Tried for treason, Hitler was sentenced to five years in prison, but would serve only nine months in the relative comfort of Landsberg Castle. During this period, he began to dictate the book that would become Mein Kampf (“My Struggle”), the first volume of which was published in 1925.
In it, Hitler expanded on the nationalistic, anti-Semitic views he had begun to develop in Vienna in his early twenties, and laid out plans for the Germany—and the world—he sought to create when he came to power.
Hitler would finish the second volume of Mein Kampf after his release, while relaxing in the mountain village of Berchtesgaden. It sold modestly at first, but with Hitler’s rise it became Germany’s best-selling book after the Bible. By 1940, it had sold some 6 million copies there.
Obsessed with race and the idea of ethnic “purity,” Hitler saw a natural order that placed the so-called “Aryan race” at the top.
For him, the unity of the Volk (the German people) would find its truest incarnation not in democratic or parliamentary government, but in one supreme leader, or Führer.
Mein Kampf also addressed the need for Lebensraum (or living space): In order to fulfill its destiny, Germany should take over lands to the east that were now occupied by “inferior” Slavic peoples—including Austria, the Sudetenland (Czechoslovakia), Poland and Russia.
THE SCHUTZSTAFFEL (SS)
By the time Hitler left prison, economic recovery had restored some popular support for the Weimar Republic, and support for right-wing causes like Nazism appeared to be waning.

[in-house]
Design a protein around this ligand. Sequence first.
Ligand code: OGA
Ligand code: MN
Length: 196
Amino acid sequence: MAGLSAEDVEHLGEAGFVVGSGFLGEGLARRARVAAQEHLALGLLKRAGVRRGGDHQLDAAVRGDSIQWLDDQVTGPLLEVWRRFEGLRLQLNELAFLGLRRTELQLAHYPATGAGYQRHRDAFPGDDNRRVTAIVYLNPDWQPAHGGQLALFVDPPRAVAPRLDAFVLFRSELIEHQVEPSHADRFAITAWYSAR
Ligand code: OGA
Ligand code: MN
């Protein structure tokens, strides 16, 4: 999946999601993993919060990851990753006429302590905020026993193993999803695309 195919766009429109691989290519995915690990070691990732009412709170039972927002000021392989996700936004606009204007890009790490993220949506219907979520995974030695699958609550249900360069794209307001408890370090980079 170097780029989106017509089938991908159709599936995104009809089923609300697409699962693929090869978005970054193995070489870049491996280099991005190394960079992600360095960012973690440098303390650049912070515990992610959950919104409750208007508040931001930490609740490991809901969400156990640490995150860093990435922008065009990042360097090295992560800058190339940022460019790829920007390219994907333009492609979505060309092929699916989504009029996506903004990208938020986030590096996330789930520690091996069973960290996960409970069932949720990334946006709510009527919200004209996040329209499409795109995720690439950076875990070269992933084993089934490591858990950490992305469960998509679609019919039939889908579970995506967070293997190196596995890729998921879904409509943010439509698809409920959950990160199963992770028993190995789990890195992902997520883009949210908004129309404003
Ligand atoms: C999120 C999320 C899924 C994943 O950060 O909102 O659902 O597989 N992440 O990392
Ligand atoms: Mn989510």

Over the next few years, Hitler laid low and worked on reorganizing and reshaping the Nazi Party. He established the Hitler Youth to organize youngsters, and created the Schutzstaffel (SS) as a more reliable alternative to the SA.
Members of the SS wore black uniforms and swore a personal oath of loyalty to Hitler. (After 1929, under the leadership of Heinrich Himmler, the SS would develop from a group of some 200 men into a force that would dominate Germany and terrorize the rest of occupied Europe during World War II.)
Hitler spent much of his time at Berchtesgaden during these years, and his half-sister, Angela Raubal, and her two daughters often joined him. After Hitler became infatuated with his beautiful blonde niece, Geli, his possessive jealousy apparently led her to commit suicide in 1931.
Devastated by the loss, Hitler would consider Geli the only true love affair of his life. He soon began a long relationship with Eva Braun, a shop assistant from Munich, but refused to marry her.
The worldwide Great Depression that began in 1929 again threatened the stability of the Weimar Republic. Determined to achieve political power in order to affect his revolution, Hitler built up Nazi support among German conservatives, including army, business and industrial leaders.
In 1932, he ran against the war hero Paul von Hindenburg for president, and received 36.8 percent of the vote. With the government in chaos, three successive chancellors failed to maintain control, and in late January 1933 Hindenburg named the 43-year-old Hitler as chancellor, capping the stunning rise of an unlikely leader.
January 30, 1933 marked the birth of the Third Reich, or as the Nazis called it, the “Thousand-Year Reich” (after Hitler’s boast that it would endure for a millennium).
Though the Nazis never attained more than 37 percent of the vote at the height of their popularity in 1932, Hitler was able to grab absolute power in Germany largely due to divisions and inaction among the majority who opposed Nazism.